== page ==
NEW IMMIGRANT LITERATURES IN THE UNITED STATES
By Alpana Sharma Knippling
During the last 50 years, the United States has become the home of immigrants from many Asian and Caribbean countries, and it has continued to receive people from European countries as well. Writers from these immigrant groups have greatly enriched American literature and society since World War II, and their works reflect their experiences as newcomers to the United States. Furthermore, their writings reflect their cultural heritage and tell the story of their ancestral lands. This reference is a comprehensive guide to immigrant literatures in the United States during the last five decades.
Broad sections of the volume are devoted to Asian-American, Caribbean-American, European-American, and Mexica- American literatures. Within each section, individual chapters treat particular immigrant groups. Previously underrepresented groups, such as Pakistani Americans, Korean Americans, and Mexican Americans, are given special attention; and whenever possible, the volume discusses writings by immigrant women. The chapters are written by expert contributors. Each chapter provides a thorough historical and critical overview and extensive primary and secondary bibliographies. Many of the contributors place immigrant literature within larger socio-cultural contexts, commenting on immigration policies, problems of language and translation, and work in new media, such as film and television.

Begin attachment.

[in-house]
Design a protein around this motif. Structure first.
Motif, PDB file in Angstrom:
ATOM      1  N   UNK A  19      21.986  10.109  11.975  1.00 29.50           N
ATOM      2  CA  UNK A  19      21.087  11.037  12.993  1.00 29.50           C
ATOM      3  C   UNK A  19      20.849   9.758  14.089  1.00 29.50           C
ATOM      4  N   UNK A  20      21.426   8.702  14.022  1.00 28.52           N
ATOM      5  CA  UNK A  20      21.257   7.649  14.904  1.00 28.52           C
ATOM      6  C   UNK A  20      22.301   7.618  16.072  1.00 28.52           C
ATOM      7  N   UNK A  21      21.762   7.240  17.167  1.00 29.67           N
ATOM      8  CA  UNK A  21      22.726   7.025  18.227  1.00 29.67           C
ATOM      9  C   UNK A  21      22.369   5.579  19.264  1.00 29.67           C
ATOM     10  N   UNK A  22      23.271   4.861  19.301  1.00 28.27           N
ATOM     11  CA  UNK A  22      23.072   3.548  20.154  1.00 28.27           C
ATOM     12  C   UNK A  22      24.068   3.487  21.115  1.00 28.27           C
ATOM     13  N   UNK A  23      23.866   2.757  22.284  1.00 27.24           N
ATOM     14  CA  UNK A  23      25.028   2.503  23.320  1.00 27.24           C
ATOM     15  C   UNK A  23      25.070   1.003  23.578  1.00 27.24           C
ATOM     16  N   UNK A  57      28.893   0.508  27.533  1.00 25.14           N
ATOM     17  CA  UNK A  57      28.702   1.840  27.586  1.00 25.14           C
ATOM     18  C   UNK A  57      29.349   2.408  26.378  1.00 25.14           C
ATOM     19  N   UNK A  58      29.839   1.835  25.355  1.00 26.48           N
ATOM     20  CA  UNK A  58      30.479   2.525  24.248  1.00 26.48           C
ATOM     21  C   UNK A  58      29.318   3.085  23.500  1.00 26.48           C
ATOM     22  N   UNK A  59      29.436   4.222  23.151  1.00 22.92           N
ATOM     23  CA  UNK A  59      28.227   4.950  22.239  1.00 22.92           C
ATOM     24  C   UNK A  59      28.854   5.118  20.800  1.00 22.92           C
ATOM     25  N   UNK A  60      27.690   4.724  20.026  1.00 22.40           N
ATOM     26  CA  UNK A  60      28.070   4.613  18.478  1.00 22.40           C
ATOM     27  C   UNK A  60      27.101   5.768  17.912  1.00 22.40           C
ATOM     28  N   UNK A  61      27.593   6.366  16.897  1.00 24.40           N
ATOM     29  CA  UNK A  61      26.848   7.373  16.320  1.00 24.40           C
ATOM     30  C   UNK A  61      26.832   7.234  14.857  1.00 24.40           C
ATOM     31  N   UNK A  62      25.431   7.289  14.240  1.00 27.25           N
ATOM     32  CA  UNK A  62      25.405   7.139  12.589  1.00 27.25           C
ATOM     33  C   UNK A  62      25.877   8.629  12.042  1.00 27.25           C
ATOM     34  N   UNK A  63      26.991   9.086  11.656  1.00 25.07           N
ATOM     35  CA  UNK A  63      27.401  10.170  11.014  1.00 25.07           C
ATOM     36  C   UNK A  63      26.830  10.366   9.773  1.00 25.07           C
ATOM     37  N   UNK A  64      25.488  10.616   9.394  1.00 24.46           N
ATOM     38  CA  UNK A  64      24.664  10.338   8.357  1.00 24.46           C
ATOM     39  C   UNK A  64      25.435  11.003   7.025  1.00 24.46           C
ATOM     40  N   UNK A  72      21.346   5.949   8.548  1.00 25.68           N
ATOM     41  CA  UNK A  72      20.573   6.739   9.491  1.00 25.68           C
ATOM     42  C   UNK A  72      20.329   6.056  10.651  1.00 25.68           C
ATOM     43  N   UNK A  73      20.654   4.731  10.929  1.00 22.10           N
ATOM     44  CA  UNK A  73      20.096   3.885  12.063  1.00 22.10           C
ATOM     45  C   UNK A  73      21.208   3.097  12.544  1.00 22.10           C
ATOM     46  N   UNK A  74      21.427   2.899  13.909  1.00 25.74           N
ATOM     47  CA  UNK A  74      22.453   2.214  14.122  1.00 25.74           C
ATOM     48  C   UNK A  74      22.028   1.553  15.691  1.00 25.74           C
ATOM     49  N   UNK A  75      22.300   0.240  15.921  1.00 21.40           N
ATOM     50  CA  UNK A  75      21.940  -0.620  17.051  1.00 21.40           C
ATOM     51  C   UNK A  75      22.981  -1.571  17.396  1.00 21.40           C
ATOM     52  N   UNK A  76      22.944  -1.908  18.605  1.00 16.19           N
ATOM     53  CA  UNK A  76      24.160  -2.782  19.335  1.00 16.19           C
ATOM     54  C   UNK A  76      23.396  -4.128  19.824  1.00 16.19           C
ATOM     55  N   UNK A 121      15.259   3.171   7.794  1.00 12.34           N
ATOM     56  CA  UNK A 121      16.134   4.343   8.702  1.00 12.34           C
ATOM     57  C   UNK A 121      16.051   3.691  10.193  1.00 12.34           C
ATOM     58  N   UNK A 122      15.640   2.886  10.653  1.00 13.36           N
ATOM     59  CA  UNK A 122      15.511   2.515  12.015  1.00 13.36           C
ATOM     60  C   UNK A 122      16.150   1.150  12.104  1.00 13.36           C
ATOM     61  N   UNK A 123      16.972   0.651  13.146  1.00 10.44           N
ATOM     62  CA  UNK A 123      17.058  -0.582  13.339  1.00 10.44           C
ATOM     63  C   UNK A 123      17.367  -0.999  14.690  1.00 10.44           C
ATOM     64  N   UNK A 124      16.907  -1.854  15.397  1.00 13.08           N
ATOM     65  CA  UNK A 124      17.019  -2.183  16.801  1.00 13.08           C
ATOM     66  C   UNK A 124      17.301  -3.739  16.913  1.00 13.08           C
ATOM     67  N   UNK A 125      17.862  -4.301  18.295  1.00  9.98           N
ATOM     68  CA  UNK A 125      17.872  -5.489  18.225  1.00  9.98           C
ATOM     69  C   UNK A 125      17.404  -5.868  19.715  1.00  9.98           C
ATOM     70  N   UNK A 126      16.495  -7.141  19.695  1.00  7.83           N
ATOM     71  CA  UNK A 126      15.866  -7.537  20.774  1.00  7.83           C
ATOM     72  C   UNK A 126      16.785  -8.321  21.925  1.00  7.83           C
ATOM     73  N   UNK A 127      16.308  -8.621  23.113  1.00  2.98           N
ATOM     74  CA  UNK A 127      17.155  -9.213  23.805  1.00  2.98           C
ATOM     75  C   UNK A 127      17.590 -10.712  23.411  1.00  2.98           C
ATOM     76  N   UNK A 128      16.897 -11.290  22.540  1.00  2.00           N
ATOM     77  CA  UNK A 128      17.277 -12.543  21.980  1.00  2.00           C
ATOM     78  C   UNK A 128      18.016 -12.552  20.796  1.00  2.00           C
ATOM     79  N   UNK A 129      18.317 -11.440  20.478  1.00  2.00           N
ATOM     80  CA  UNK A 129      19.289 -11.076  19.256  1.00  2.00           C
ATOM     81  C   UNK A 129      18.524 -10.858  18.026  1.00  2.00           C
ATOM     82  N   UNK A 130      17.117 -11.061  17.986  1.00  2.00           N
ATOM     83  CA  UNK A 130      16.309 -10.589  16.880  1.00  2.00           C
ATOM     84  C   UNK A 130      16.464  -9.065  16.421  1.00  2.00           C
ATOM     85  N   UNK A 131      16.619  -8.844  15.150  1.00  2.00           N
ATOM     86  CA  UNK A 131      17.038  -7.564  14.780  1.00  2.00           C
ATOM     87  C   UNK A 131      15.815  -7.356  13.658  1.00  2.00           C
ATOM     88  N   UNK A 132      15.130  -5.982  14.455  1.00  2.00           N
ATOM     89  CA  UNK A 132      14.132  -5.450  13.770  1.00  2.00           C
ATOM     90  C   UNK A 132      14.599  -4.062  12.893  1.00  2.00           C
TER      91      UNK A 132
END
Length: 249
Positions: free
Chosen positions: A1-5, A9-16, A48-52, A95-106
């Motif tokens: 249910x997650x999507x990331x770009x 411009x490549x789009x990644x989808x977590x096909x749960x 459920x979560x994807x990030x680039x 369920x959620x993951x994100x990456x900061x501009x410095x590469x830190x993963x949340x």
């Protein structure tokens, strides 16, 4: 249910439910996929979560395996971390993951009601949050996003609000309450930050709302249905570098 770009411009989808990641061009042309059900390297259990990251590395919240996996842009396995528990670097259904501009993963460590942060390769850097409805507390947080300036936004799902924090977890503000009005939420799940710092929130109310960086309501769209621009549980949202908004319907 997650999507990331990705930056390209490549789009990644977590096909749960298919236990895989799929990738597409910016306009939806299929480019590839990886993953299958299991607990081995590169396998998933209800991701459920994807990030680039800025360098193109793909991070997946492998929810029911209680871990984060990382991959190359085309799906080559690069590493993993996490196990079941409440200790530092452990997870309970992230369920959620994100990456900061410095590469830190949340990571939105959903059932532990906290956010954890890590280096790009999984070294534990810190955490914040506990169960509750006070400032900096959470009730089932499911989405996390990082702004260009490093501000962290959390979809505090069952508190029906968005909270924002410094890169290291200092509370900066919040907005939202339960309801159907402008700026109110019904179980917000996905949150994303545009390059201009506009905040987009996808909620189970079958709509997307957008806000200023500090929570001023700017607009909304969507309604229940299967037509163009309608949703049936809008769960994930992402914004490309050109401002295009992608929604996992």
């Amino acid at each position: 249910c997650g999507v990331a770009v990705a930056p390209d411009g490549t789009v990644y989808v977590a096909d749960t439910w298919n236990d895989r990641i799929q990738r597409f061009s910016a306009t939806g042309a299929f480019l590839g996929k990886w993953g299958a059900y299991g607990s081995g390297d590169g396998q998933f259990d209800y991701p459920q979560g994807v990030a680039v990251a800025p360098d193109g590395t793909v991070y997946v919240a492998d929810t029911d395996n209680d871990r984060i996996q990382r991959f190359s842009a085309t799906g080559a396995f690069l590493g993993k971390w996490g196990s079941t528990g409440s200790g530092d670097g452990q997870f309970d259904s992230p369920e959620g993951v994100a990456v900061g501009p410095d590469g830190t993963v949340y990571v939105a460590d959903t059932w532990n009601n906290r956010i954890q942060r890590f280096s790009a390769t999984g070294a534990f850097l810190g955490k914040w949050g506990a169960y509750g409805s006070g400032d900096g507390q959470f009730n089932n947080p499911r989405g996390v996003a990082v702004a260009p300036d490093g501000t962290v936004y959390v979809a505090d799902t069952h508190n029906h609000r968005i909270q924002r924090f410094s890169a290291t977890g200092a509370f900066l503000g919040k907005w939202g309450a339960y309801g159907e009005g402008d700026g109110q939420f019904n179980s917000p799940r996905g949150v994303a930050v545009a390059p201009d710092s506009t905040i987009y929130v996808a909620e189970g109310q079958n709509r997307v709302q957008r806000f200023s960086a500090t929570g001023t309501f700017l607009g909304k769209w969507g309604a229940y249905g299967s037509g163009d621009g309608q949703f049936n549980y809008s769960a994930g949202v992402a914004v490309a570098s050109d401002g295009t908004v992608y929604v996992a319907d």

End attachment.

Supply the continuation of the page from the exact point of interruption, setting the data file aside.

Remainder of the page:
Greenwood Press (1996)